Scattered tax protests persist in France; injuries up to 409

Scattered tax protests persist in France; injuries up to 409

The protesters are nicknamed "yellow vests" for the high-visibility jackets they wear.

Although most of the blockades were carried out without incident, tempers flared at times as some drivers confronted the protesters or tried to force their way through.

The demonstrators are trying to block motorways and fuel depots as part of a grassroots movement billed as the "yellow vests".

The "yellow vest" movement enjoyed much more public support than others against Macron since he swept to the presidency past year.

The protests began at the end of past year after higher fuel taxes were introduced.

At least 106 people were injured across the country, including five seriously, according to the interior ministry.

Protesters blocked roads across France, disrupting traffic in many areas as well as blocking access to gas stations.

Protesters gathered at sensitive flashpoints, including the entry to a tunnel under the Mont-Blanc mountain in the Alps, and traffic was backed up on several highways.

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French officials say over a quarter of a million people across the country took part in protests against rising fuel taxes over the weekend. A police officer and a firefighter who intervened when protesters attacked a closed service station were among the eight.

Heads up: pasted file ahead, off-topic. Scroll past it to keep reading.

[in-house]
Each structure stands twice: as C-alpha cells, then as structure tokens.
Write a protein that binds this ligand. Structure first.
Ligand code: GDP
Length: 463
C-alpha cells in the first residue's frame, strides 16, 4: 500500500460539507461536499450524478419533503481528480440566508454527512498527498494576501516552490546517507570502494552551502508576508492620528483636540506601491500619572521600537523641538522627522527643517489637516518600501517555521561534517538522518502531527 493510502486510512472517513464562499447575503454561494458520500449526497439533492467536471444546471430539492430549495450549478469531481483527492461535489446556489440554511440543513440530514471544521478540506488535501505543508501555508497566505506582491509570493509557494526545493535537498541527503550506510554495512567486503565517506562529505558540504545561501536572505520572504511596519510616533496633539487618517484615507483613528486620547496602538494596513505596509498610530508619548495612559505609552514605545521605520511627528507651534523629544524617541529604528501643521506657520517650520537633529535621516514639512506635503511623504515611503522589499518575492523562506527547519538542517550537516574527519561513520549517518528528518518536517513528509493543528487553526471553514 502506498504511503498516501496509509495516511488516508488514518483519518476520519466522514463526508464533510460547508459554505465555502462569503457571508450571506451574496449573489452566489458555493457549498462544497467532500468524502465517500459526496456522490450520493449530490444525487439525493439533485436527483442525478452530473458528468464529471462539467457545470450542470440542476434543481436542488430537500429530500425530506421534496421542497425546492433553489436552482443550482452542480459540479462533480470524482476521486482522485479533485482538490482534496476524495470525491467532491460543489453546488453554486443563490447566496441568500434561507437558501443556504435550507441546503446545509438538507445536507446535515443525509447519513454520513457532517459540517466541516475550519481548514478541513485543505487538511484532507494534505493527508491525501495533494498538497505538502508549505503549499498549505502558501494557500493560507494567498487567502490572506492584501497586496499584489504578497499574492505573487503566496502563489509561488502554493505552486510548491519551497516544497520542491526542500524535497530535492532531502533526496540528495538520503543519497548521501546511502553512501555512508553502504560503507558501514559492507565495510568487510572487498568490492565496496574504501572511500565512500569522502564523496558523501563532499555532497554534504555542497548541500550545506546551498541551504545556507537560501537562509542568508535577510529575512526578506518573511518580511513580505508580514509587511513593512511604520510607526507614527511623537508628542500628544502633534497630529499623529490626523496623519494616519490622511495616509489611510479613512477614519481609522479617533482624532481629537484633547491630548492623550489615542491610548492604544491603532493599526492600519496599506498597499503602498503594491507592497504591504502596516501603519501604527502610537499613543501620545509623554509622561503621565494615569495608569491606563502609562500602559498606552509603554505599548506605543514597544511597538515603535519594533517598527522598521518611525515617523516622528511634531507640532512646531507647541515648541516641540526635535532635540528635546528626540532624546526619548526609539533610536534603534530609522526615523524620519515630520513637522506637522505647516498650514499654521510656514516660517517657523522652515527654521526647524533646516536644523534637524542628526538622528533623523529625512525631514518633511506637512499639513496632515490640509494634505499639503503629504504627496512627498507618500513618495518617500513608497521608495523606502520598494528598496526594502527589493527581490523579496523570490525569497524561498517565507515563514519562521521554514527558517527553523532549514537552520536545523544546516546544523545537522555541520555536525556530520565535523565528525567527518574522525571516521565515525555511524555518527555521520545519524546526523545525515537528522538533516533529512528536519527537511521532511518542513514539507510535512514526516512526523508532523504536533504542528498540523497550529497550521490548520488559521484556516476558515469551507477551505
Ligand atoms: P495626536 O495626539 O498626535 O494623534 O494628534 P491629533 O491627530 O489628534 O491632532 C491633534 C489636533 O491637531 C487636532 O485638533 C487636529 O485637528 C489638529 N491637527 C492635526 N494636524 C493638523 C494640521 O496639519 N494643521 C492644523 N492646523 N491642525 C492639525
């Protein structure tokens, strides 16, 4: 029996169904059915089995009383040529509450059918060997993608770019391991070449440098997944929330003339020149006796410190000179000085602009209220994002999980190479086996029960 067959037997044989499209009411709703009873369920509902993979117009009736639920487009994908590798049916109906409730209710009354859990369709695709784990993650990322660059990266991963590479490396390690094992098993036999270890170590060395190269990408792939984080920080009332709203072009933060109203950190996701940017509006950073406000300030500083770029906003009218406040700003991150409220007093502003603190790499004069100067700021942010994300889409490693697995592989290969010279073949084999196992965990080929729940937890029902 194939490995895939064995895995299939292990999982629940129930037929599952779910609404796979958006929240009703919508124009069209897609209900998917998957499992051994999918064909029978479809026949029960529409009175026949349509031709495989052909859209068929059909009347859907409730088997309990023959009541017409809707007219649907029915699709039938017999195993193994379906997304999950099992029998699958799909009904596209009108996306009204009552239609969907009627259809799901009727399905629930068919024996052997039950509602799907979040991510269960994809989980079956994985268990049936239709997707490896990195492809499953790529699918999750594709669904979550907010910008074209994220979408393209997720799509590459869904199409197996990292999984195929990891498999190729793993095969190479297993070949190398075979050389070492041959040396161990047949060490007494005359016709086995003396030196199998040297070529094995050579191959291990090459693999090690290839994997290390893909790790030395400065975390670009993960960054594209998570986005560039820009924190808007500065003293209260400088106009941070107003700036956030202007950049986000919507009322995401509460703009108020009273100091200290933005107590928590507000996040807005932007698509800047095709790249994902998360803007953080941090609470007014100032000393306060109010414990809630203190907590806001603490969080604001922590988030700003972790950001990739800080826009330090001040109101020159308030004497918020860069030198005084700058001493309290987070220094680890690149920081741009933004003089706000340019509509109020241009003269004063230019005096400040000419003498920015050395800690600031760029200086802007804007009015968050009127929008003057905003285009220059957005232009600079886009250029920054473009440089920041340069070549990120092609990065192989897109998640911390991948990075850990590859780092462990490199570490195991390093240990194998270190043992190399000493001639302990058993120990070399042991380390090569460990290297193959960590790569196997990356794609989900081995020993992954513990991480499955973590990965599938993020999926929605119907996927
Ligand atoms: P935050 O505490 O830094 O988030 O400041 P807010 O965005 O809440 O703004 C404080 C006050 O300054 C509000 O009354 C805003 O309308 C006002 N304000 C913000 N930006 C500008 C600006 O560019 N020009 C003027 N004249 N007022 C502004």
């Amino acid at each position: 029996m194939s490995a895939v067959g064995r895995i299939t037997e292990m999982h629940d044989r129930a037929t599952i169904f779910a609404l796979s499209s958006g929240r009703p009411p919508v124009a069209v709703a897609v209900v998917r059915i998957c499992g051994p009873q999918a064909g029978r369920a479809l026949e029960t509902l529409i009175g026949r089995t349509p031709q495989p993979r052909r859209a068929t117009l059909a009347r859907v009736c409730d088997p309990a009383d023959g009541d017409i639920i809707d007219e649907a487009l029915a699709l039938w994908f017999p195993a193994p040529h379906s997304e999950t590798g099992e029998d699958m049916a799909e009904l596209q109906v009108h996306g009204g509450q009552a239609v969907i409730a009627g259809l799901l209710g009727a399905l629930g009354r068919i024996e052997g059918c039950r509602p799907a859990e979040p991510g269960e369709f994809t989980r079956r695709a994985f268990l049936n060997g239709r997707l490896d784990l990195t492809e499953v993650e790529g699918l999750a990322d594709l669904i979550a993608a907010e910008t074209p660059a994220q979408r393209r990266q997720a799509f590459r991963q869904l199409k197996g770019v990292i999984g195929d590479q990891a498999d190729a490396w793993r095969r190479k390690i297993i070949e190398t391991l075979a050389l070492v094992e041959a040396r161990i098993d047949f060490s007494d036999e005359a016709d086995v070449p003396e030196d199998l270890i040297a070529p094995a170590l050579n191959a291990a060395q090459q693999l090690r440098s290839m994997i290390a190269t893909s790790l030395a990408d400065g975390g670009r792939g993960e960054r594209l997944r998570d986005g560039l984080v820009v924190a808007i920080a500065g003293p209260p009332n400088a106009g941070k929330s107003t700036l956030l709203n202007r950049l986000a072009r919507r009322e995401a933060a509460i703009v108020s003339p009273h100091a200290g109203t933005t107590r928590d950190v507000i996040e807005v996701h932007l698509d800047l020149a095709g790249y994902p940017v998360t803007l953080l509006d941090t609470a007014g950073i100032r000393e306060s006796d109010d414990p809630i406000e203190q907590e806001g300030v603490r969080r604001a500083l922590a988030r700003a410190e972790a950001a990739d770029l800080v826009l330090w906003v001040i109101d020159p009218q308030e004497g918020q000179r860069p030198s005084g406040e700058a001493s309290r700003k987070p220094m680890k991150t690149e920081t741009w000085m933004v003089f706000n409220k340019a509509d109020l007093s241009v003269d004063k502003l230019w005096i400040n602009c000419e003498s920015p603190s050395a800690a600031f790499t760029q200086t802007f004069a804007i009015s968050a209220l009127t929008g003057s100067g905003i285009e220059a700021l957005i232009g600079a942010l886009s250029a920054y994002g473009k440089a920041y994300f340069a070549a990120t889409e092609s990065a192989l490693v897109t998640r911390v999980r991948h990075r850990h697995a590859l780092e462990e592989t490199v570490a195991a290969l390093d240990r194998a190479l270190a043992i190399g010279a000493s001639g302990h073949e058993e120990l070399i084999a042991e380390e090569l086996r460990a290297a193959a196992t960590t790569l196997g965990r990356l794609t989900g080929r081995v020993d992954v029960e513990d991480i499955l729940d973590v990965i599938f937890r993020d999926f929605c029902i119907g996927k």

Almost 283,000 people were estimated to have taken part in more than 2,000 protests at roundabouts and on major motorways and thoroughfares across the country on Saturday, the Interior Ministry said.

The French interior ministry said that almost 300 protesters were questioned, with 157 among them taken into custody.

She accelerated into the crowd and killed a 63-year-old woman.

Prices have eased this month, although protestors on Saturday had other complaints too, as Macron's next test at the ballot box in European parliamentary elections in May 2019 looms.

Analysts say the movement now represents more widespread frustration over stagnant spending power under Macron, a former investment banker who promised economic revival and to restore people's trust in government. The government announced last week a series of measures to quell the anger, including energy subsidies and higher scrappage bonuses towards cleaner vehicles.

"We've had enough of it".

The planned increase in fuel taxes, notably for diesel fuel, spoke to those French who feel the president has asked ordinary citizens to make the largest efforts in his bid to transform France.

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